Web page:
Behavioral effects of methylene blue on an animal model of sodium azide-induced metabolic deficits

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Callaway, Narriman Lee, 1953-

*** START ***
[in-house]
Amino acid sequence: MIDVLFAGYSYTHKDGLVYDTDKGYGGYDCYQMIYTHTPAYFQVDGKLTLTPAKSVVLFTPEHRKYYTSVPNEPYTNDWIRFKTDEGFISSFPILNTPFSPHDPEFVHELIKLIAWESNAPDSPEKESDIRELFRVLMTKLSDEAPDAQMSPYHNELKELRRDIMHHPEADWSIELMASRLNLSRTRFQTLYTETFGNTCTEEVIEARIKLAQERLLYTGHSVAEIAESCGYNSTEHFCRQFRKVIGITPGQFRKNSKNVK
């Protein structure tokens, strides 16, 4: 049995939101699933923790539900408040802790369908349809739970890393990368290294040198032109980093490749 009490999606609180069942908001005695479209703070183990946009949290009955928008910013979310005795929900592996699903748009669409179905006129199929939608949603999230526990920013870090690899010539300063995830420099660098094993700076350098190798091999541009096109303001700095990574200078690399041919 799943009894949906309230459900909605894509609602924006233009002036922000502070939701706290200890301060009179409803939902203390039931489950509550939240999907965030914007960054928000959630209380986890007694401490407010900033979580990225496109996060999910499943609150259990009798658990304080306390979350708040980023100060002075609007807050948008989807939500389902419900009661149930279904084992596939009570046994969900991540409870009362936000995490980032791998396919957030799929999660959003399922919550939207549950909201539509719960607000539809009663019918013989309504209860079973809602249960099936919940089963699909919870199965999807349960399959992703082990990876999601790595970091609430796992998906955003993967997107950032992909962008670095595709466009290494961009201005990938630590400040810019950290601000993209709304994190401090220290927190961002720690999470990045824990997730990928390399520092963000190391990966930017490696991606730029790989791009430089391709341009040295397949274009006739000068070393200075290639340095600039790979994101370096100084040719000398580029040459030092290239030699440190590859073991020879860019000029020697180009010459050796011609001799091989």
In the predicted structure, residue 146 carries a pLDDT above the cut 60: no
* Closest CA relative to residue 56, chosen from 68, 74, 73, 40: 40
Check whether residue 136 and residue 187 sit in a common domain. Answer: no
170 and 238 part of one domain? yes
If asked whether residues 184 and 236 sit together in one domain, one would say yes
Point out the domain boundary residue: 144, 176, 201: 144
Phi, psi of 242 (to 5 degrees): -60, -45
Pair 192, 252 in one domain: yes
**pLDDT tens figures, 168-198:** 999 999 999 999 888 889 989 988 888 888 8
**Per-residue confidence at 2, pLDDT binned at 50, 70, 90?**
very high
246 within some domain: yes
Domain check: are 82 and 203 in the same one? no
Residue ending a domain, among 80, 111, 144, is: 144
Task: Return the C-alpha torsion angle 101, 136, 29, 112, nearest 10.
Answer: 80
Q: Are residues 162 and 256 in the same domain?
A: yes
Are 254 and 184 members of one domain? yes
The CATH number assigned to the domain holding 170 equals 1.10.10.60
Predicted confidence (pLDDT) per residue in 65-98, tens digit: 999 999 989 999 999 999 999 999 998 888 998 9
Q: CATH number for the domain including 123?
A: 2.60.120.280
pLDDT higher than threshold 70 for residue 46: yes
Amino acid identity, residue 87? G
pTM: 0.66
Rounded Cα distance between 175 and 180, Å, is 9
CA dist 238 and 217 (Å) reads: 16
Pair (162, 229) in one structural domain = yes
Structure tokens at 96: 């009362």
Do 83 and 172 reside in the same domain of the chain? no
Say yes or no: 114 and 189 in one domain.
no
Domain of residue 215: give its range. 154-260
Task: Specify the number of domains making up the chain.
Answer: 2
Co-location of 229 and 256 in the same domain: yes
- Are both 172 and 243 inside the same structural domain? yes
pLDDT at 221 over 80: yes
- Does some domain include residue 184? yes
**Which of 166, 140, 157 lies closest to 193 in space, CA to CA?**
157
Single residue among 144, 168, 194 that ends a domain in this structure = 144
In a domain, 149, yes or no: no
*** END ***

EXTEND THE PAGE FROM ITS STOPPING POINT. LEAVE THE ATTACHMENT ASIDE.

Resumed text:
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In some neurodegenerative diseases, the activity of cytochrome c oxidase, an enzyme necessary for aerobic energy production, is decreased. Sodium azide, reversibly inhibits cytochrome c oxidase in the electron-transport chain. Behavioral deficits produced by sodium azide in animal models are similar to those found in neurodegenerative diseases in humans. In the experiments described here, sodium azide was systemically infused via an osmotic pump implanted during surgery in Sprague Dawley rats. They were assessed in an open field test, Morris water maze, and a spontaneous alternation test. Histochemical analysis of cytochrome c oxidase activity was conducted on brain, skeletal muscle, and cardiac muscle sections. The sodium azide group showed significant decreases in spontaneous activity in the open field test, decreased learning and memory retention in the Morris water maze, but no differences in the spontaneous alternation test. Pharmacological intervention that could compensate for the reduction of cytochrome c oxidase activity in neurons may be beneficial in the treatment of neurodegenerative diseases. One such candidate, methylene blue was administered to Sprague-Dawley rats after training, in the memory consolidation period, and its effects assessed in a probe test for memory retention in a baited holeboard maze. The percentage of visits to baited holes compared to all hole-visits was significantly higher in the methylene blue group. In the final experiment, Sprague-Dawley rats were assigned to one of three treatment groups: sodium azide, sodium azide plus methylene blue, and control. They were assessed in a probe test for memory retention in a baited holeboard maze. Methylene blue was successful in restoring memory retention inhibited by the sodium azide. The memory score for the sodium azide group was significantly less than the control and methylene blue group. In vitro studies have shown that methylene blue can accept electrons in the electron-transport chain in mitochondria. Methylene blue may compensate for decreased cytochrome c oxidase activity by accepting electrons upstream from cytochrome c oxidase and shuttling electrons to molecular oxygen, a step necessary for oxidative phosphorylation. Compensating for impaired mitochondrial respiration makes methylene blue a candidate for further study as a treatment in neurodegenerative diseases.




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